Your generosity in sharing what you know and do is completely without comparison in the industry. Thank you!

December 7th, 2010


all of your posts I enjoy reading. Honestly though most of them I find myself thinking…how can I use this? Why is that, you ask? Because I don’t have the software or the tools you do most of the time.

I have Windows XP and 2003 versions of everything in Microsoft products.

What can I do with these products to create hand drawings like you’re discussing above?

Thanks for whatever insight you can provide.


Tom, you got my vote, hands down!

[…] Go here to read the rest: Here’s a Boatload of Free Hand-Drawn Graphics » The Rapid eLearning Blog […]

@Tim: with what you have, you can’t create the hand drawings (unless you have a tablet pc). But you sure can use the free ones provided in the post. In addition, you can still do most of the illustrations that I show in the blog and save them as images.

December 7th, 2010

Am always grateful for the freebies, which are useful and witty, and will vote for you anytime.
That said, I know you mean them to be generic, but the peeps all pretty much read as male. Got any similar gals in your scribble archive?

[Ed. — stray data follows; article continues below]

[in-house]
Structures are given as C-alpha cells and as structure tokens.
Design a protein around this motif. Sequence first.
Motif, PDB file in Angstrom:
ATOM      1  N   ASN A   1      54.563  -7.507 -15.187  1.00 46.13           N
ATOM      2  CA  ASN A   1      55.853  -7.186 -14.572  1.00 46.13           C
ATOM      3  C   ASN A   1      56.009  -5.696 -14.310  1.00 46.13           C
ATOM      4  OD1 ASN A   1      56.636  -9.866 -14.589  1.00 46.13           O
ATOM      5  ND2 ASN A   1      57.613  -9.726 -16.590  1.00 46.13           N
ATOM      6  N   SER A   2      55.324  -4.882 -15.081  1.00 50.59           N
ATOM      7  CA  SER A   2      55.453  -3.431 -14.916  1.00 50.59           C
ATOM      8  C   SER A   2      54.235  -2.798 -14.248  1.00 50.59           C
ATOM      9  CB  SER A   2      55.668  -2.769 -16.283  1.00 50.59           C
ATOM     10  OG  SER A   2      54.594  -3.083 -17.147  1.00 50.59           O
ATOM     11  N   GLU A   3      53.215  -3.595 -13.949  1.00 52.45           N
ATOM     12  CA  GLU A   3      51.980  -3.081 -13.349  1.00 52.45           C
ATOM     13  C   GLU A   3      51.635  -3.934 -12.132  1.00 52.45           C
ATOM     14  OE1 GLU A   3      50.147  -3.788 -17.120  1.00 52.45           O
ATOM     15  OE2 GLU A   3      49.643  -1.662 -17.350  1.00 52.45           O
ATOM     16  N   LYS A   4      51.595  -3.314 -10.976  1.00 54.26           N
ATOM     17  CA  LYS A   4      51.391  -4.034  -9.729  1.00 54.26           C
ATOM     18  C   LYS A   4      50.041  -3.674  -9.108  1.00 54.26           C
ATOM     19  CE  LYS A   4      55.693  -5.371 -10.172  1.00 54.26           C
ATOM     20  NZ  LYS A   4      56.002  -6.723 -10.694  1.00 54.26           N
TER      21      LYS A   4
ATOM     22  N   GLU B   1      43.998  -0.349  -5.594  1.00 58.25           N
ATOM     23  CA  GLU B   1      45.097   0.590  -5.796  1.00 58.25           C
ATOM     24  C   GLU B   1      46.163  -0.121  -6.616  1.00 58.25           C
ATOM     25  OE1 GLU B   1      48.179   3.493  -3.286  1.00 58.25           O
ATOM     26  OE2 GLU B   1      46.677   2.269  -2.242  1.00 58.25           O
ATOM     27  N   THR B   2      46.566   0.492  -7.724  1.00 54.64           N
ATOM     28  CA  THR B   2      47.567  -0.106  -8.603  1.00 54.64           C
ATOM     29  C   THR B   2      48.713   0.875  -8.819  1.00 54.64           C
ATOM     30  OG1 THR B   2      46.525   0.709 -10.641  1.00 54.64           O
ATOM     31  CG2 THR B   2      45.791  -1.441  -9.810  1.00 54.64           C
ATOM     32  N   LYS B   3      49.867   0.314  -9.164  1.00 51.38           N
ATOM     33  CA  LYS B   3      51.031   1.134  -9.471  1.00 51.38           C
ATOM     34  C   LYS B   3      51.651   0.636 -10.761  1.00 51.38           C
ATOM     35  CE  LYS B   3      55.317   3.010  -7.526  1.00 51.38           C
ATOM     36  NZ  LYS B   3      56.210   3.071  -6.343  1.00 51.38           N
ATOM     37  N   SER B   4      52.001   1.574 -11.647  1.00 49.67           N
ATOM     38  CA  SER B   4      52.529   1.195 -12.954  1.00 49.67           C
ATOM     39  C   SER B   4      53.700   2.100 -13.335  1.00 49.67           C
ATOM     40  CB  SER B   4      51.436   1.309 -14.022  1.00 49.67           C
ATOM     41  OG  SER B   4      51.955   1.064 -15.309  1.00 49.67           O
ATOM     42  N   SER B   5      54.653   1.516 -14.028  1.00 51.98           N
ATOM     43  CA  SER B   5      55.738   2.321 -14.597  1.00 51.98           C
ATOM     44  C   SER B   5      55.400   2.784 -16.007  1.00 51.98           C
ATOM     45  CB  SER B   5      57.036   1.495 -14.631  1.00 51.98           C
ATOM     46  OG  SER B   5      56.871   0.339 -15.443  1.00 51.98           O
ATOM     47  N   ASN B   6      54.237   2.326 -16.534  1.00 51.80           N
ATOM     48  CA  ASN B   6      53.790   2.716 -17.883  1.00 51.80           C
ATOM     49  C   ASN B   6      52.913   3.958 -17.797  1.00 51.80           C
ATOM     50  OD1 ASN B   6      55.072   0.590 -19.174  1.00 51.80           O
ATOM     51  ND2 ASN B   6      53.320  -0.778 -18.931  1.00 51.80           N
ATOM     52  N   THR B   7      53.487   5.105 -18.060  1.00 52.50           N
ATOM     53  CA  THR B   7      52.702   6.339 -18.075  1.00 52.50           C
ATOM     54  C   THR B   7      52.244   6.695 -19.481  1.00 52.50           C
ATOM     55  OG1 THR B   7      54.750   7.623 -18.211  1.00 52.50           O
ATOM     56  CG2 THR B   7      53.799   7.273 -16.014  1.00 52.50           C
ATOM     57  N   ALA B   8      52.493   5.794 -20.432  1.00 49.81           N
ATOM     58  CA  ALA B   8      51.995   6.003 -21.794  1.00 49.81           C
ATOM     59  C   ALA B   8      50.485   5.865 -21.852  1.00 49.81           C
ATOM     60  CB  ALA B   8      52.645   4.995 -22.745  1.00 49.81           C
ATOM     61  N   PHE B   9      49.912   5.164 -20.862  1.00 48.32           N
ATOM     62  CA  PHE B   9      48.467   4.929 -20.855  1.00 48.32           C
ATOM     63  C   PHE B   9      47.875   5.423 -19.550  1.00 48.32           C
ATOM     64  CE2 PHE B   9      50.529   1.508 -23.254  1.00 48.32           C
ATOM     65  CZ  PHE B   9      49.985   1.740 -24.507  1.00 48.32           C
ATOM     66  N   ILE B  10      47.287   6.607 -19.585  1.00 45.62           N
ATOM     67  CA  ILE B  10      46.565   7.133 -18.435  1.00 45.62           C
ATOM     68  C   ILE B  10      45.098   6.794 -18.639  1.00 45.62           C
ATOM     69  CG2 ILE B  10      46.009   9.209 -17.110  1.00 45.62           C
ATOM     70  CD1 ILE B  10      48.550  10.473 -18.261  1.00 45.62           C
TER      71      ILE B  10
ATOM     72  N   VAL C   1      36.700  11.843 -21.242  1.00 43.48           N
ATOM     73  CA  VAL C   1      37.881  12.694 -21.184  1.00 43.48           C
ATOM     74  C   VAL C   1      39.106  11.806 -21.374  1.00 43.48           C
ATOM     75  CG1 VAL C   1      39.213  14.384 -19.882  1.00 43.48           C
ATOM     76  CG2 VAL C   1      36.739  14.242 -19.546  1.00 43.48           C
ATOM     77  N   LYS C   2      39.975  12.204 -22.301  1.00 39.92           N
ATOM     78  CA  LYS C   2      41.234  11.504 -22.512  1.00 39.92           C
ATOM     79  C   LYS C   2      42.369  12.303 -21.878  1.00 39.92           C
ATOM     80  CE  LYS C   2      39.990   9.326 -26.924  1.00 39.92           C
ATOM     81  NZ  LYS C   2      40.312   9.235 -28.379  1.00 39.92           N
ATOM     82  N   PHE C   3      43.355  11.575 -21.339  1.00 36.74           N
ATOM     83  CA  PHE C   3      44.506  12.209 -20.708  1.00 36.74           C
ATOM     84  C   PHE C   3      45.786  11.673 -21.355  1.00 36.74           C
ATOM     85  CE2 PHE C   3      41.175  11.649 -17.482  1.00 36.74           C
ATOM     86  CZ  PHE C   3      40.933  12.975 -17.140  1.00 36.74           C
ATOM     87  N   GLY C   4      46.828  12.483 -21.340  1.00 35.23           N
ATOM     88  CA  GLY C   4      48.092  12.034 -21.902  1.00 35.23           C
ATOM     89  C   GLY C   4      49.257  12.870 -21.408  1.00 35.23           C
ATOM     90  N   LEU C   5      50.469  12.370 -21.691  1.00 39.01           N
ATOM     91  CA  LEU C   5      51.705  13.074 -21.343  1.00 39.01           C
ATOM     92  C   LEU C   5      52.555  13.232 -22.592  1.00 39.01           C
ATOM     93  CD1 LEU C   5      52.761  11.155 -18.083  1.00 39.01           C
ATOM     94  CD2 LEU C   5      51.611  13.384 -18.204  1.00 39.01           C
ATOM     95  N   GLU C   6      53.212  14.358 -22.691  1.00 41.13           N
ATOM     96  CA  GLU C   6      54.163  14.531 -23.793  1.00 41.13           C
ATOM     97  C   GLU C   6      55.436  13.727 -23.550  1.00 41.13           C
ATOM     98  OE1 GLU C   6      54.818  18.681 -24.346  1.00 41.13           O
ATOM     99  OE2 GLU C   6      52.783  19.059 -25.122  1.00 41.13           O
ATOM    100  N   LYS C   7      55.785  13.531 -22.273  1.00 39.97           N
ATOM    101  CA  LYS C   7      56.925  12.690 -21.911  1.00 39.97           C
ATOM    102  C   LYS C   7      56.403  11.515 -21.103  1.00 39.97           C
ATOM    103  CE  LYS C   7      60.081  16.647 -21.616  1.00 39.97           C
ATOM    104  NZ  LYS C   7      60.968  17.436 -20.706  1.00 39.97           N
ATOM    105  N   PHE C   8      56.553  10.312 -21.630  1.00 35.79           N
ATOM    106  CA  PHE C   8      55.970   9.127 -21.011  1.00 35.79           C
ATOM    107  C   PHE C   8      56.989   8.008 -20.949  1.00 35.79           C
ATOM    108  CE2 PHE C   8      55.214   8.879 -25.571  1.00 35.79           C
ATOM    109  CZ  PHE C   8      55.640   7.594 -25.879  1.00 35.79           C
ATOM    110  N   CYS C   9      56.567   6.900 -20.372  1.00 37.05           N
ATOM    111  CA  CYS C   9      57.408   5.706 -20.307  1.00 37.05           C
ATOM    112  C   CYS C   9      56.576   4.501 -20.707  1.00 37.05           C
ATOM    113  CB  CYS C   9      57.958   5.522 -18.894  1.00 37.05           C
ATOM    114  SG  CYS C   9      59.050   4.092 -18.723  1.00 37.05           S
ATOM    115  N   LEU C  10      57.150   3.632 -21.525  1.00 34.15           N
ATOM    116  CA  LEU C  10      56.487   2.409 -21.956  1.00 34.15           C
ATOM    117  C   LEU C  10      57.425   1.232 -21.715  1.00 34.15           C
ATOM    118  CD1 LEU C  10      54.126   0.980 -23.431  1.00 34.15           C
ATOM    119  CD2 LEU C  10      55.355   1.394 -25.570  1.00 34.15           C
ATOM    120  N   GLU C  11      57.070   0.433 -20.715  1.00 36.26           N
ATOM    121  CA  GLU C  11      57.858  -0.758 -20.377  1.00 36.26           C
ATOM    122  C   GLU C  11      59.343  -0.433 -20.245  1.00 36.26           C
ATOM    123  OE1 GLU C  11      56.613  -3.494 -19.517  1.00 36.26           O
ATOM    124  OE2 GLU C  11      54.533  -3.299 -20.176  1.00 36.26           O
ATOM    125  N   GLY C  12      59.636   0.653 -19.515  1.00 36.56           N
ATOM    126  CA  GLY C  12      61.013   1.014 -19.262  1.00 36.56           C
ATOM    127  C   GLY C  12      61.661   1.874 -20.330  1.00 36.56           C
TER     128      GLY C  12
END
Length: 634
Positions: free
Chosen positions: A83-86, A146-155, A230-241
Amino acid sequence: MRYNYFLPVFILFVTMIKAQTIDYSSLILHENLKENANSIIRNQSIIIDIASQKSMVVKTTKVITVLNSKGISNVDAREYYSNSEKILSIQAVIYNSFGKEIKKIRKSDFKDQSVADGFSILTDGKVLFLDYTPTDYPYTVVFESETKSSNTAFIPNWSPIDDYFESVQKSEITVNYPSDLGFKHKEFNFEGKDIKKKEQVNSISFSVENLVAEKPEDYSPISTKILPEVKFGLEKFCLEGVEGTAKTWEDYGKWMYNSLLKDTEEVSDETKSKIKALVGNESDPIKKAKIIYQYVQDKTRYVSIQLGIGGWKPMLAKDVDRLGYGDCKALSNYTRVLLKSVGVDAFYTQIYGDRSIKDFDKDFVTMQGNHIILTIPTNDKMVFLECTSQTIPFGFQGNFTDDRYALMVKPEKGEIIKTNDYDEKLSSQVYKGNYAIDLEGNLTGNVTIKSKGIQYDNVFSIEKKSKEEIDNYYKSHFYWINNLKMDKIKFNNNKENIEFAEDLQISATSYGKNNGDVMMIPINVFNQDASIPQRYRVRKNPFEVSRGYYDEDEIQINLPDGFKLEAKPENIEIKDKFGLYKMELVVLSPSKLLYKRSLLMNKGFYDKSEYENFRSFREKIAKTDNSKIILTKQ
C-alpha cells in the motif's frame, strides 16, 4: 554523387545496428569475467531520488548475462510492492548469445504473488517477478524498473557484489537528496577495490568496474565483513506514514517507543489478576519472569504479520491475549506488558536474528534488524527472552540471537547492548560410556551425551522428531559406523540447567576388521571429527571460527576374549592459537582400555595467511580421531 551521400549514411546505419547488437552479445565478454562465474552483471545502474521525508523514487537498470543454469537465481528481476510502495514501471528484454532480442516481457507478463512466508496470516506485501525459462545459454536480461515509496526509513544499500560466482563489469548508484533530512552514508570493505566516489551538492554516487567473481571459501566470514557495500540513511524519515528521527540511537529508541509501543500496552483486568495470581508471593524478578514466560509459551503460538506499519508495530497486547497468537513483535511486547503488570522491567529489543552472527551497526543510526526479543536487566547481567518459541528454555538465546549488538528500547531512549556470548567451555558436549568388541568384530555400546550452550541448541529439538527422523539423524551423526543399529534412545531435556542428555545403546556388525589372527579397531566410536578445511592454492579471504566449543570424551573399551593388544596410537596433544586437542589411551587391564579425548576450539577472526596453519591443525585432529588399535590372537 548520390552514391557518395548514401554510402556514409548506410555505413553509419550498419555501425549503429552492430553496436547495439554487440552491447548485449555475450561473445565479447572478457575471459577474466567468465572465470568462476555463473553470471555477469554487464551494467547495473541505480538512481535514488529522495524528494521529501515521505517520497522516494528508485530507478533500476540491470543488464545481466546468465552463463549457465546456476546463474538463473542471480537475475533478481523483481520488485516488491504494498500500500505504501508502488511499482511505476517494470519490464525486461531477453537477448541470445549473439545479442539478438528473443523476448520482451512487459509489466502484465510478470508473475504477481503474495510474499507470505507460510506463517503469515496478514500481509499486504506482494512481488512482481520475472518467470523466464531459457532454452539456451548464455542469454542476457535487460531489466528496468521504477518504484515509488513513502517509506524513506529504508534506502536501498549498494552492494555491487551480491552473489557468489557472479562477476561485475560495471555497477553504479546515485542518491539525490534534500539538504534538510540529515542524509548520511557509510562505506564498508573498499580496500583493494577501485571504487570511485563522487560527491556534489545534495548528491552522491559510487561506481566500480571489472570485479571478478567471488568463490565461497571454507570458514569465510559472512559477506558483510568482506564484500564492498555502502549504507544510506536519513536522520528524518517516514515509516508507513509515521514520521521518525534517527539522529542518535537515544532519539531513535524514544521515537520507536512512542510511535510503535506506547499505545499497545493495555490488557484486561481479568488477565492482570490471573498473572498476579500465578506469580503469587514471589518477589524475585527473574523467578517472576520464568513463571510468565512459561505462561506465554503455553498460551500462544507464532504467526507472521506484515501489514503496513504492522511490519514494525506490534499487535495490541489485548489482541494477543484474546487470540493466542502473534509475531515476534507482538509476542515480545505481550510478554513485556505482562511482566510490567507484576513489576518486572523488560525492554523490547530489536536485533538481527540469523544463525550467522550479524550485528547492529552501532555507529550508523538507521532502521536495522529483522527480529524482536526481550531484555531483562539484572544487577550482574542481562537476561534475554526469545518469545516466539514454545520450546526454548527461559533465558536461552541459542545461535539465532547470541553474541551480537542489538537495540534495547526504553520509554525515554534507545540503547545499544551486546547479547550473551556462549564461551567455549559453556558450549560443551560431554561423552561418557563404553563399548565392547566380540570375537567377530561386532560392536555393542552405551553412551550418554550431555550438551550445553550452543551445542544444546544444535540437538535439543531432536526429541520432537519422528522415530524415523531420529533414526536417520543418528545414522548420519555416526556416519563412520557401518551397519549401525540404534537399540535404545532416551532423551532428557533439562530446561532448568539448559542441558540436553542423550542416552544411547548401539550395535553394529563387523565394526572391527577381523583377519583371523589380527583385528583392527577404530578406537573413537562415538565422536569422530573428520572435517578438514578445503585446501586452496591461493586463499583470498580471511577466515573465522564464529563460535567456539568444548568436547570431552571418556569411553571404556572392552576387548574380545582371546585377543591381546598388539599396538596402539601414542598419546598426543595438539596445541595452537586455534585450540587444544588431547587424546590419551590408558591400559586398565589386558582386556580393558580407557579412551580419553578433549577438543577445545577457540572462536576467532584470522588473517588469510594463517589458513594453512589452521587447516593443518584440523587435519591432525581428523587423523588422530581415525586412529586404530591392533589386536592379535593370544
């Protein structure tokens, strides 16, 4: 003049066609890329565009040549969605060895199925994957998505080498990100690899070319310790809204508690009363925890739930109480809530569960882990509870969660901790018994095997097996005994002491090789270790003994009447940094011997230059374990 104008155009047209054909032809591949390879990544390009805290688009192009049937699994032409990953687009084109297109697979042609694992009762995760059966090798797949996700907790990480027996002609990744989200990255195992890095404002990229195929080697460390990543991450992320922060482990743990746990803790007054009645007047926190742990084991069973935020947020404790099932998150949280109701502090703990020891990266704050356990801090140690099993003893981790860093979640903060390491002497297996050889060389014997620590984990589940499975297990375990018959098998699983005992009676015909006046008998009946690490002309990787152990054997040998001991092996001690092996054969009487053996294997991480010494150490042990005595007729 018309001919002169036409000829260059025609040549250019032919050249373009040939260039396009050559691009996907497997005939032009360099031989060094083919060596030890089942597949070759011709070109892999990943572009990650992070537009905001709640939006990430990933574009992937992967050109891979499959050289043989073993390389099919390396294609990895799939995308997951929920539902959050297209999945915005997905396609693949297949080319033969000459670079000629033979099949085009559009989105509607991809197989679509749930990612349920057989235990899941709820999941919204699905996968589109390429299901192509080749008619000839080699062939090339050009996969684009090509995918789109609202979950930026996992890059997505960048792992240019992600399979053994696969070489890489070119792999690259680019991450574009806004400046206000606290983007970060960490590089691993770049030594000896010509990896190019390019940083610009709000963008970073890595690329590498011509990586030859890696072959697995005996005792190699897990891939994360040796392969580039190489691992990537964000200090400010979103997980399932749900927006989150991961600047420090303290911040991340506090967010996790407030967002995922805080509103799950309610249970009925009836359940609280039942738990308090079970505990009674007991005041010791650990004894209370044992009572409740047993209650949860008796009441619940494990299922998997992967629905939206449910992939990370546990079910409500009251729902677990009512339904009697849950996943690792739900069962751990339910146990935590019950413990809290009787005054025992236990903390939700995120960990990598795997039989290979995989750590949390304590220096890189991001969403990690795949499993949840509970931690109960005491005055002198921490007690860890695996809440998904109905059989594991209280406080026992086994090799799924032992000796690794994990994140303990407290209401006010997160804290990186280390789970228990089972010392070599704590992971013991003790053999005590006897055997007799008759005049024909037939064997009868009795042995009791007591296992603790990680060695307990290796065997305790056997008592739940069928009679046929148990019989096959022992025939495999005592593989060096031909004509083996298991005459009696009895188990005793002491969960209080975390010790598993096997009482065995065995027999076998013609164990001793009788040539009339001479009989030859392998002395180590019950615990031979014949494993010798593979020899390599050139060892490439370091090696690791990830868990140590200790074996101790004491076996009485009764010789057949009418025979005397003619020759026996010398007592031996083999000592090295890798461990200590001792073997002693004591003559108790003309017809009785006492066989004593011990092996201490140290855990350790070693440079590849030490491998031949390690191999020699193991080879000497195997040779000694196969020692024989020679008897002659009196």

Tom you got my vote hands down or is that thumbs up.

Thanks for a great post, Tom. My company created our sales training intellectual property based on neuroscience and simplicity. Because of this, we use hand drawn graphics/fonts in all our eLearning courses, marketing collateral, and presentation material. It’s at the core of what we teach. Dan Roam has been one of our inspirations.

However, I must respectfully disagree with your comment about not being able to do this without a tablet pc.

@Tim: we create almost all of our stick figure characters and simple hand drawn graphics right in PowerPoint using the scribble shape tool. It’s not the most sophisticated way of doing it, but that’s sort of the point. Here are two examples of hand-drawn images using the scribble tool.

Misc assets

You’d be amazed at how much you can trace on-screen. For example, for the graphic of France, I threw a real map image onto the slide and then used the scribble tool to outline it. Then I deleted the graphic behind it.

Simple and no fancy equipment required.

Hope that helps Tim!